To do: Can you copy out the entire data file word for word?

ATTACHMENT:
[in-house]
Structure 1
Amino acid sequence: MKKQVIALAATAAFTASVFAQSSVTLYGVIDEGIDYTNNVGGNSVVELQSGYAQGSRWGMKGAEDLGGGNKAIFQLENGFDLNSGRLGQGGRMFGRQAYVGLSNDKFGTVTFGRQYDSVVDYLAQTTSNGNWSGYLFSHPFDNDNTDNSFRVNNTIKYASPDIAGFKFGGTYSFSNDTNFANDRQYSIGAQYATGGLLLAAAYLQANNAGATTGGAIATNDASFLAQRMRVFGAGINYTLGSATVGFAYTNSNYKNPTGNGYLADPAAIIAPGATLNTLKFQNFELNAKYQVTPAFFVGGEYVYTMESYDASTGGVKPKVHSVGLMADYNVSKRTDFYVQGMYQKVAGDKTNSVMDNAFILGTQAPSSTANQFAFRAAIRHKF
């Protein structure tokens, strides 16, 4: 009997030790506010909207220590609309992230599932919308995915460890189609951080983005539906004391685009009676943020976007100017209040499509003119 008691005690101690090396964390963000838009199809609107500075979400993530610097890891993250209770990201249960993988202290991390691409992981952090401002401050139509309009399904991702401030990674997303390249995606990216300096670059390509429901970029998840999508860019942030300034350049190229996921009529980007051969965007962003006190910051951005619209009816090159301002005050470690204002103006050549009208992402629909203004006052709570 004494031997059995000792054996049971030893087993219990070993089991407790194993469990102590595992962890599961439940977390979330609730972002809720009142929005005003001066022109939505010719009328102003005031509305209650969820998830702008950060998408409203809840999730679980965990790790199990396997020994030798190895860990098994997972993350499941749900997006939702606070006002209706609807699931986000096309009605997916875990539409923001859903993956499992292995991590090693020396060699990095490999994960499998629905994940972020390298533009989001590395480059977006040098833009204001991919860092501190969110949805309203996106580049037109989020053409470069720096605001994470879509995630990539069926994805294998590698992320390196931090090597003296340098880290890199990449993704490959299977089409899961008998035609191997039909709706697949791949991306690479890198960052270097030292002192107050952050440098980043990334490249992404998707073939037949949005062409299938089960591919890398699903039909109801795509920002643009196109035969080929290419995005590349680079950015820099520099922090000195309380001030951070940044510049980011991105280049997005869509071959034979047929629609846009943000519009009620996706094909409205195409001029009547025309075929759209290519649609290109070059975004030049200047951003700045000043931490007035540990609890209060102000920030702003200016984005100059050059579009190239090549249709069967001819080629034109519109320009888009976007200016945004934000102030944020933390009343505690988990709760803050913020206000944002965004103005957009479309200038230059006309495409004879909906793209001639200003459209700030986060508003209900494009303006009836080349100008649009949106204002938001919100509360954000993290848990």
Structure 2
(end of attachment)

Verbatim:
[in-house]
Structure 1
Amino acid sequence: MKKQVIALAATAAFTASVFAQSSVTLYGVIDEGIDYTNNVGGNSVVELQSGYAQGSRWGMKGAEDLGGGNKAIFQLENGFDLNSGRLGQGGRMFGRQAYVGLSNDKFGTVTFGRQYDSVVDYLAQTTSNGNWSGYLFSHPFDNDNTDNSFRVNNTIKYASPDIAGFKFGGTYSFSNDTNFANDRQYSIGAQYATGGLLLAAAYLQANNAGATTGGAIATNDASFLAQRMRVFGAGINYTLGSATVGFAYTNSNYKNPTGNGYLADPAAIIAPGATLNTLKFQNFELNAKYQVTPAFFVGGEYVYTMESYDASTGGVKPKVHSVGLMADYNVSKRTDFYVQGMYQKVAGDKTNSVMDNAFILGTQAPSSTANQFAFRAAIRHKF
């Protein structure tokens, strides 16, 4: 009997030790506010909207220590609309992230599932919308995915460890189609951080983005539906004391685009009676943020976007100017209040499509003119 008691005690101690090396964390963000838009199809609107500075979400993530610097890891993250209770990201249960993988202290991390691409992981952090401002401050139509309009399904991702401030990674997303390249995606990216300096670059390509429901970029998840999508860019942030300034350049190229996921009529980007051969965007962003006190910051951005619209009816090159301002005050470690204002103006050549009208992402629909203004006052709570 004494031997059995000792054996049971030893087993219990070993089991407790194993469990102590595992962890599961439940977390979330609730972002809720009142929005005003001066022109939505010719009328102003005031509305209650969820998830702008950060998408409203809840999730679980965990790790199990396997020994030798190895860990098994997972993350499941749900997006939702606070006002209706609807699931986000096309009605997916875990539409923001859903993956499992292995991590090693020396060699990095490999994960499998629905994940972020390298533009989001590395480059977006040098833009204001991919860092501190969110949805309203996106580049037109989020053409470069720096605001994470879509995630990539069926994805294998590698992320390196931090090597003296340098880290890199990449993704490959299977089409899961008998035609191997039909709706697949791949991306690479890198960052270097030292002192107050952050440098980043990334490249992404998707073939037949949005062409299938089960591919890398699903039909109801795509920002643009196109035969080929290419995005590349680079950015820099520099922090000195309380001030951070940044510049980011991105280049997005869509071959034979047929629609846009943000519009009620996706094909409205195409001029009547025309075929759209290519649609290109070059975004030049200047951003700045000043931490007035540990609890209060102000920030702003200016984005100059050059579009190239090549249709069967001819080629034109519109320009888009976007200016945004934000102030944020933390009343505690988990709760803050913020206000944002965004103005957009479309200038230059006309495409004879909906793209001639200003459209700030986060508003209900494009303006009836080349100008649009949106204002938001919100509360954000993290848990």
Structure 2